BOP Consulting is holding two events this week to mark the official opening of its Edinburgh office. The first takes place tonight (8th) at the Tron theatre in Glasgow at 6pm, the second is tomorrow (Thursday 9th) at the Fruitmarket gallery in Edinburgh, also at 6pm.

07 June 2011
Government's approach to local TV undergoes major shift

Creating a network of local TV stations has been something of a priority for Jeremy Hunt since he became Culture Secretary in 2010. Last week, though, saw a significant change of emphasis in the scheme following a period of consultation. Rather than build a 'top down' national network, the approach has shifted towards 'bottom up' individual licensed stations.

06 June 2011
Mapping Britain's cultural quarters

Oli Mould of Salford University has mapped some of the many cultural quarters to be found in British towns and cities (BOP has contributed to the project). The map is still a work-in-progress, but it already shows something of the range and variety of such quarters. It can be found here

03 June 2011
Knowledge exchange between arts academics and external organisations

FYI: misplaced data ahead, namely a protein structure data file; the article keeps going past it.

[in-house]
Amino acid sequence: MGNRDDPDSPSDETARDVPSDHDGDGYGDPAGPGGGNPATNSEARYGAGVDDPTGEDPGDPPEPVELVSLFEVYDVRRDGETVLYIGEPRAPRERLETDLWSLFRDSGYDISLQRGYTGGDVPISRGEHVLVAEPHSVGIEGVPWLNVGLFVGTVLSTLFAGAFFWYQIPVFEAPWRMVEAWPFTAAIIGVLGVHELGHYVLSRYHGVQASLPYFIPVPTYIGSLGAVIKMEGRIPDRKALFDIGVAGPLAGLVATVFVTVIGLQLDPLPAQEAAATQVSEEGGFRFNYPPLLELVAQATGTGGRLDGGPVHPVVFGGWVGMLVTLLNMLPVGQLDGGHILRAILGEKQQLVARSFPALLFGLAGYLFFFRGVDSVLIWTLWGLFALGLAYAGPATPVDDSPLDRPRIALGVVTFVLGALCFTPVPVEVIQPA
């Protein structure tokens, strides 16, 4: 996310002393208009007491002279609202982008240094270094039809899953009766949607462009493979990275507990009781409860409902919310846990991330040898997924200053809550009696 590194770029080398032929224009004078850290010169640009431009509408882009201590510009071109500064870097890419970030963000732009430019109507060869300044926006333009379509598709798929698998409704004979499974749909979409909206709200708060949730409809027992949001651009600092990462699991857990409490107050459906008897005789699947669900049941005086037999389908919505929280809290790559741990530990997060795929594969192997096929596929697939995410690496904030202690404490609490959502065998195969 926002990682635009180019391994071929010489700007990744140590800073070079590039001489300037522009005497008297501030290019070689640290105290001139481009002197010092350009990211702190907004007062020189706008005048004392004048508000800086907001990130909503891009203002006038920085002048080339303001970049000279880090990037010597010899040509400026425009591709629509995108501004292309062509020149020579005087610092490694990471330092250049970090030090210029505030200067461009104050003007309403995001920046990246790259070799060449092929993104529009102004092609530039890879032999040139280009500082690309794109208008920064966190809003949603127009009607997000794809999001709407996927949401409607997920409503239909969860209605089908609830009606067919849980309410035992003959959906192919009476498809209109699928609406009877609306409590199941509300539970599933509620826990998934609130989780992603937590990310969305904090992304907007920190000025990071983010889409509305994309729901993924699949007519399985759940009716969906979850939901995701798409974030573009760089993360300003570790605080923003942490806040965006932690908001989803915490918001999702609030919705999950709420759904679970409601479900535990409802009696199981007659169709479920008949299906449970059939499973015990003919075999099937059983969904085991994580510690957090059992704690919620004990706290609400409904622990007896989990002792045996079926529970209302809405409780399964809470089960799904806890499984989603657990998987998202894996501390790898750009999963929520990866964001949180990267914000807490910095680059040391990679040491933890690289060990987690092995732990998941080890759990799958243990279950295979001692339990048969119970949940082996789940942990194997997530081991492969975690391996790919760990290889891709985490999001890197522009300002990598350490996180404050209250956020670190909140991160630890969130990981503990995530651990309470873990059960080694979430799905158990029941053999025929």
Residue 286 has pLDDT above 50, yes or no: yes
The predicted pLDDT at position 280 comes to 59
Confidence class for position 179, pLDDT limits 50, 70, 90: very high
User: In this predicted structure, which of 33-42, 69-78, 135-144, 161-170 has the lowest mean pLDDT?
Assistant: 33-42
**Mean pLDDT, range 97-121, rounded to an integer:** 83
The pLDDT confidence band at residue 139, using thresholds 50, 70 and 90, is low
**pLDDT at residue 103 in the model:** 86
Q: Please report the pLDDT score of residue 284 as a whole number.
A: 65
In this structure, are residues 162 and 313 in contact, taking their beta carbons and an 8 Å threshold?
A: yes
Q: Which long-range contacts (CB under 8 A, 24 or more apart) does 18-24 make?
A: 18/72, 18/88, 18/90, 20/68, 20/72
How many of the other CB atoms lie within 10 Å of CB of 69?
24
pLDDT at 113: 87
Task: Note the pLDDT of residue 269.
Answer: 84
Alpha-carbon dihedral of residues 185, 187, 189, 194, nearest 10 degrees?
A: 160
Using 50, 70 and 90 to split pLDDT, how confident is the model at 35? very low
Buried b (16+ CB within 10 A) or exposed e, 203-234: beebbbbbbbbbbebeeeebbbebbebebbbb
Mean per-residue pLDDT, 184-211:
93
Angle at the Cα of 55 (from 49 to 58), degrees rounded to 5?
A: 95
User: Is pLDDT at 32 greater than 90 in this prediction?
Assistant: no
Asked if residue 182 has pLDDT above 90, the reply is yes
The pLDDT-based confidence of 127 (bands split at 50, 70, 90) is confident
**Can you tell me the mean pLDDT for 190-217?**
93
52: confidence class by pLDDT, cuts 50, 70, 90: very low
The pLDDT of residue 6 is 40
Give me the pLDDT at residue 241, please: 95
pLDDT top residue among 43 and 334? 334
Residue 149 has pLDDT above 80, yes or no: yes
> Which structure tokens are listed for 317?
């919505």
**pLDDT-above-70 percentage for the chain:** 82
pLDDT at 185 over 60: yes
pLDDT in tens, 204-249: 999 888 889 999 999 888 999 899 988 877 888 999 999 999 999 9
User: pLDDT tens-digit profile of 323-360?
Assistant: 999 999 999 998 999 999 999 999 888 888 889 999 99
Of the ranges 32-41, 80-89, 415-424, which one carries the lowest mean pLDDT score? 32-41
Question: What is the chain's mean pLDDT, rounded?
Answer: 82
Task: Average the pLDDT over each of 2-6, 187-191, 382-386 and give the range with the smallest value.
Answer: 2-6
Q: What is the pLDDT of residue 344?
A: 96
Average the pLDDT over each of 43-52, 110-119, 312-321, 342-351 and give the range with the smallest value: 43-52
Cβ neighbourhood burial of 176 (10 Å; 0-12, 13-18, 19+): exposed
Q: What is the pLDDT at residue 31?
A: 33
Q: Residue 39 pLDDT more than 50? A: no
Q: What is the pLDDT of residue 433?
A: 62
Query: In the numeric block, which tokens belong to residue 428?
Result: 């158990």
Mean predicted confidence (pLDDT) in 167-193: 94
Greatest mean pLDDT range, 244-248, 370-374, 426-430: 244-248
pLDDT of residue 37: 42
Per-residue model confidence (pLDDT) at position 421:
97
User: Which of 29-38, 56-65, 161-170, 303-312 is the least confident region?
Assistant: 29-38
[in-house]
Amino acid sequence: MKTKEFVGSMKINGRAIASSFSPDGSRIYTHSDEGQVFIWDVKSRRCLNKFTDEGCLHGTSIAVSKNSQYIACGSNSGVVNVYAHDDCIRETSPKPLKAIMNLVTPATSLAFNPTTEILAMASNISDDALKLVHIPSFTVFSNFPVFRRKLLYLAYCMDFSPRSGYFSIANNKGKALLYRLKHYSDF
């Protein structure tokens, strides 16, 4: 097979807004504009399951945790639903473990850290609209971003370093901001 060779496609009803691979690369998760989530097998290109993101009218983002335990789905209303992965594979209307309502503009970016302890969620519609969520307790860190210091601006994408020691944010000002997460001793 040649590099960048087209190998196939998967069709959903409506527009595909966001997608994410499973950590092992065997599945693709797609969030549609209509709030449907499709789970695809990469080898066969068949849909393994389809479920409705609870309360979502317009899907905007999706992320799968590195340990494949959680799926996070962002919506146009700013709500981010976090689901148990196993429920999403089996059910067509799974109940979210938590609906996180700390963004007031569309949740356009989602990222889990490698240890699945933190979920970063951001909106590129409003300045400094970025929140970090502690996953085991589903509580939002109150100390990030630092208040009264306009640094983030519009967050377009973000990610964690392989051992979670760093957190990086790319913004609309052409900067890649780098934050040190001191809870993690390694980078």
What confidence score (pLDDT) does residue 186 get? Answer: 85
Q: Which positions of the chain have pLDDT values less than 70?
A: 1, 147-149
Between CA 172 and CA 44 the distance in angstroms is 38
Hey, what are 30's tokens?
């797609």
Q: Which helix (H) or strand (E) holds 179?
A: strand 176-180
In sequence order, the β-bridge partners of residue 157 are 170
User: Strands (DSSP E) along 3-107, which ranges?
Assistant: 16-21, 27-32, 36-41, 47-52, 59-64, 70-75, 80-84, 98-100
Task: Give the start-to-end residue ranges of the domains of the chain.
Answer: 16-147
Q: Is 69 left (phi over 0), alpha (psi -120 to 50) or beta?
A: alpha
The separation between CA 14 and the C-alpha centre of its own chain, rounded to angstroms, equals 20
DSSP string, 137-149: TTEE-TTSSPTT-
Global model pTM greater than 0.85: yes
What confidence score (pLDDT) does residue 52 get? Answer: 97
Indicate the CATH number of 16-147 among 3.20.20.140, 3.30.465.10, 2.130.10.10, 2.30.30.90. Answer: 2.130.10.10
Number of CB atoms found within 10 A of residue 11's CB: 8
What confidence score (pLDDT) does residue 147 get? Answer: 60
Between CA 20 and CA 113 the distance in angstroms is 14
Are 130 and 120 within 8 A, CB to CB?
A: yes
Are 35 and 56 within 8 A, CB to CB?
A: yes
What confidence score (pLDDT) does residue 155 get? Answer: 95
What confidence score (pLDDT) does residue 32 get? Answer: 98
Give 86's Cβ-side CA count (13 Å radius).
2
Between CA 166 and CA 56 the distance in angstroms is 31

The Arts and Humanities Research Council (AHRC) produced a study last month of knowledge exchange between arts and humanities academics and the public, private and third sectors. The report – Hidden Connections – found that there was a wide range of interactions and impacts, but these did not take the form of technology transfer through patents, licensing and spin-outs.

02 June 2011
Do museums truly engage with communities?

The Paul Hamlyn Foundation (a BOP client) has published a study – Whose Cake Is It Anyway? – investigating whether museums and galleries genuinely engage with communities as part of their outreach work. The project, led by Dr Bernadette Lynch, used participatory theatre techniques to work with twelve museums and galleries which have strong reputations for community engagement, including the Museum of London, the Ryedale Folk Museum, the Museum of East Anglian Life and Manchester Museum.

01 June 2011
Toolbox developed for Local Enterprise Partnerships (LEPs)

Local economic development in England is (at least in part) the responsibility of the new Local Enterprise Partnerships (LEPs). The government has now developed a 'toolbox' to help LEPs achieve their priorities. The digital and creative industries are recognised in the toolbox as one of the economic sectors LEPs might want to focus on.